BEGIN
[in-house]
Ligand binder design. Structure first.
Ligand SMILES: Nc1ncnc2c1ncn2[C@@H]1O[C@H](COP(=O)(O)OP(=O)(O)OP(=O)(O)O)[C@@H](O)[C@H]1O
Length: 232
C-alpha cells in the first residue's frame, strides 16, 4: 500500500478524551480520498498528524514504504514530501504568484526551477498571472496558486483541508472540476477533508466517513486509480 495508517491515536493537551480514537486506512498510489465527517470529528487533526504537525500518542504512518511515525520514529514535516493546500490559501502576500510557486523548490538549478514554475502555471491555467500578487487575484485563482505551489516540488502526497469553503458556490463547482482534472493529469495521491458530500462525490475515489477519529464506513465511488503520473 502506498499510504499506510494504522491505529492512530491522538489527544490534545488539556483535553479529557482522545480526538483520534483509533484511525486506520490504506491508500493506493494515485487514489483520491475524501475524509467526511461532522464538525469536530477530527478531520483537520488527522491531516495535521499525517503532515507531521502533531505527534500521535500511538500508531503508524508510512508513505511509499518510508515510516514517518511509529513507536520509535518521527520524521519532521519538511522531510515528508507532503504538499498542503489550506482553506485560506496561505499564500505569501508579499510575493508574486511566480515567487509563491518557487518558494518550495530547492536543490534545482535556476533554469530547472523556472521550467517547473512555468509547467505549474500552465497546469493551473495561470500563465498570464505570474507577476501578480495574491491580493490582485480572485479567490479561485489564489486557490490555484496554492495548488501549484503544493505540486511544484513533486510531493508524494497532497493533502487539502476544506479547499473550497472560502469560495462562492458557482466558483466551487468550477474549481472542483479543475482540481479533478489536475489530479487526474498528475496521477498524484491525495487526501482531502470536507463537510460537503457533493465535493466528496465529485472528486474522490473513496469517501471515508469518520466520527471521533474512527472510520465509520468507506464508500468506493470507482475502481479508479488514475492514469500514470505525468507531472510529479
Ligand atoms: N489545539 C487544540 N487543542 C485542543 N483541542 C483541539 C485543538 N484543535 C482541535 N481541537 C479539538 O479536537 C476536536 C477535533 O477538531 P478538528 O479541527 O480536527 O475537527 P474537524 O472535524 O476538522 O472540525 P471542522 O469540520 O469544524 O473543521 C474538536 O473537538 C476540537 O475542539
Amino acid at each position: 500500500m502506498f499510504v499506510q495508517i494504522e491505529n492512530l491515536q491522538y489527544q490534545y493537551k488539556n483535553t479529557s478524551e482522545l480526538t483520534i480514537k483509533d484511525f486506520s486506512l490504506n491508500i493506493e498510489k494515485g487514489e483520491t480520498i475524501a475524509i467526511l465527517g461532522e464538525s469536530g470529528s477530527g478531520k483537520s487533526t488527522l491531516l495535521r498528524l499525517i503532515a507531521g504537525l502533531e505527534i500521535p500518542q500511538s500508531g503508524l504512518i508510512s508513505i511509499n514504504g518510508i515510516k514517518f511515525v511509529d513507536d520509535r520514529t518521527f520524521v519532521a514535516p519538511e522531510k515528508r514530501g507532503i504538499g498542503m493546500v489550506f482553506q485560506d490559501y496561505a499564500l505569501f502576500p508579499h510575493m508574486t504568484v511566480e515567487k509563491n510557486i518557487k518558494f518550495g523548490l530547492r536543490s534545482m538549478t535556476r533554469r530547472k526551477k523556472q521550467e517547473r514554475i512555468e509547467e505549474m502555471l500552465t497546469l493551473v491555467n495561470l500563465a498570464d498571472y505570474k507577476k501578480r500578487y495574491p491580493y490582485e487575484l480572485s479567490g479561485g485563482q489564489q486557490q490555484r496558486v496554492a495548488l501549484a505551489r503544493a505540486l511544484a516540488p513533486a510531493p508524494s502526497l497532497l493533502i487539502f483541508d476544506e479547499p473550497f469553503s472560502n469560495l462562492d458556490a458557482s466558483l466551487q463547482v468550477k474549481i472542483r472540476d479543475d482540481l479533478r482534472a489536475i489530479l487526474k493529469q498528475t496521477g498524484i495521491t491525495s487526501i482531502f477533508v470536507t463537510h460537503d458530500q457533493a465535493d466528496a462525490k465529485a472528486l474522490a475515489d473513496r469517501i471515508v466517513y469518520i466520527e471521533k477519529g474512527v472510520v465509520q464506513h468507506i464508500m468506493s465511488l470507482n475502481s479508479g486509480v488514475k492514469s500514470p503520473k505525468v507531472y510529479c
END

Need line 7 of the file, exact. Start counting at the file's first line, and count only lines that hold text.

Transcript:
Amino acid at each position: 500500500m502506498f499510504v499506510q495508517i494504522e491505529n492512530l491515536q491522538y489527544q490534545y493537551k488539556n483535553t479529557s478524551e482522545l480526538t483520534i480514537k483509533d484511525f486506520s486506512l490504506n491508500i493506493e498510489k494515485g487514489e483520491t480520498i475524501a475524509i467526511l465527517g461532522e464538525s469536530g470529528s477530527g478531520k483537520s487533526t488527522l491531516l495535521r498528524l499525517i503532515a507531521g504537525l502533531e505527534i500521535p500518542q500511538s500508531g503508524l504512518i508510512s508513505i511509499n514504504g518510508i515510516k514517518f511515525v511509529d513507536d520509535r520514529t518521527f520524521v519532521a514535516p519538511e522531510k515528508r514530501g507532503i504538499g498542503m493546500v489550506f482553506q485560506d490559501y496561505a499564500l505569501f502576500p508579499h510575493m508574486t504568484v511566480e515567487k509563491n510557486i518557487k518558494f518550495g523548490l530547492r536543490s534545482m538549478t535556476r533554469r530547472k526551477k523556472q521550467e517547473r514554475i512555468e509547467e505549474m502555471l500552465t497546469l493551473v491555467n495561470l500563465a498570464d498571472y505570474k507577476k501578480r500578487y495574491p491580493y490582485e487575484l480572485s479567490g479561485g485563482q489564489q486557490q490555484r496558486v496554492a495548488l501549484a505551489r503544493a505540486l511544484a516540488p513533486a510531493p508524494s502526497l497532497l493533502i487539502f483541508d476544506e479547499p473550497f469553503s472560502n469560495l462562492d458556490a458557482s466558483l466551487q463547482v468550477k474549481i472542483r472540476d479543475d482540481l479533478r482534472a489536475i489530479l487526474k493529469q498528475t496521477g498524484i495521491t491525495s487526501i482531502f477533508v470536507t463537510h460537503d458530500q457533493a465535493d466528496a462525490k465529485a472528486l474522490a475515489d473513496r469517501i471515508v466517513y469518520i466520527e471521533k477519529g474512527v472510520v465509520q464506513h468507506i464508500m468506493s465511488l470507482n475502481s479508479g486509480v488514475k492514469s500514470p503520473k505525468v507531472y510529479c